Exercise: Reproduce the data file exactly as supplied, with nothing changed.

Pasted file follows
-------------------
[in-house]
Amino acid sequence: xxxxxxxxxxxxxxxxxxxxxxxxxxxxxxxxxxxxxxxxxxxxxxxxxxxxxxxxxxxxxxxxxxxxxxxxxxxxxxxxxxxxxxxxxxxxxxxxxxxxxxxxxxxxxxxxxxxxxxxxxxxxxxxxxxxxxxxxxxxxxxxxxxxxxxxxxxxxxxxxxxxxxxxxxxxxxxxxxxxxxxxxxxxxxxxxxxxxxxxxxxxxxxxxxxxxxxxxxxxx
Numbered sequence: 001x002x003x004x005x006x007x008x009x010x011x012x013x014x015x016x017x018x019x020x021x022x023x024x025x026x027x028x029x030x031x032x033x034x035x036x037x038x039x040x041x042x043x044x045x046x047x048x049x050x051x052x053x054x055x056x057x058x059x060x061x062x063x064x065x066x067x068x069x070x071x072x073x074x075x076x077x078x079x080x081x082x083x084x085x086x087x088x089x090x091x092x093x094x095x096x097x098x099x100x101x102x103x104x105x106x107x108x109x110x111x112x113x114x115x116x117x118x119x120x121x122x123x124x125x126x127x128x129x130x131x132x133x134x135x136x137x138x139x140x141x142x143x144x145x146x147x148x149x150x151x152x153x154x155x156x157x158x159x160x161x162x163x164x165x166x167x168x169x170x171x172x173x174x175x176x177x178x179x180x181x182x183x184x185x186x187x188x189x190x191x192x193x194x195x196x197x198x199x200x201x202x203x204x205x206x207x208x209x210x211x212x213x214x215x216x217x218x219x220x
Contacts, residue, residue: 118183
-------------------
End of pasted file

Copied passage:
[in-house]
Amino acid sequence: xxxxxxxxxxxxxxxxxxxxxxxxxxxxxxxxxxxxxxxxxxxxxxxxxxxxxxxxxxxxxxxxxxxxxxxxxxxxxxxxxxxxxxxxxxxxxxxxxxxxxxxxxxxxxxxxxxxxxxxxxxxxxxxxxxxxxxxxxxxxxxxxxxxxxxxxxxxxxxxxxxxxxxxxxxxxxxxxxxxxxxxxxxxxxxxxxxxxxxxxxxxxxxxxxxxxxxxxxxxx
Numbered sequence: 001x002x003x004x005x006x007x008x009x010x011x012x013x014x015x016x017x018x019x020x021x022x023x024x025x026x027x028x029x030x031x032x033x034x035x036x037x038x039x040x041x042x043x044x045x046x047x048x049x050x051x052x053x054x055x056x057x058x059x060x061x062x063x064x065x066x067x068x069x070x071x072x073x074x075x076x077x078x079x080x081x082x083x084x085x086x087x088x089x090x091x092x093x094x095x096x097x098x099x100x101x102x103x104x105x106x107x108x109x110x111x112x113x114x115x116x117x118x119x120x121x122x123x124x125x126x127x128x129x130x131x132x133x134x135x136x137x138x139x140x141x142x143x144x145x146x147x148x149x150x151x152x153x154x155x156x157x158x159x160x161x162x163x164x165x166x167x168x169x170x171x172x173x174x175x176x177x178x179x180x181x182x183x184x185x186x187x188x189x190x191x192x193x194x195x196x197x198x199x200x201x202x203x204x205x206x207x208x209x210x211x212x213x214x215x216x217x218x219x220x
Contacts, residue, residue: 118183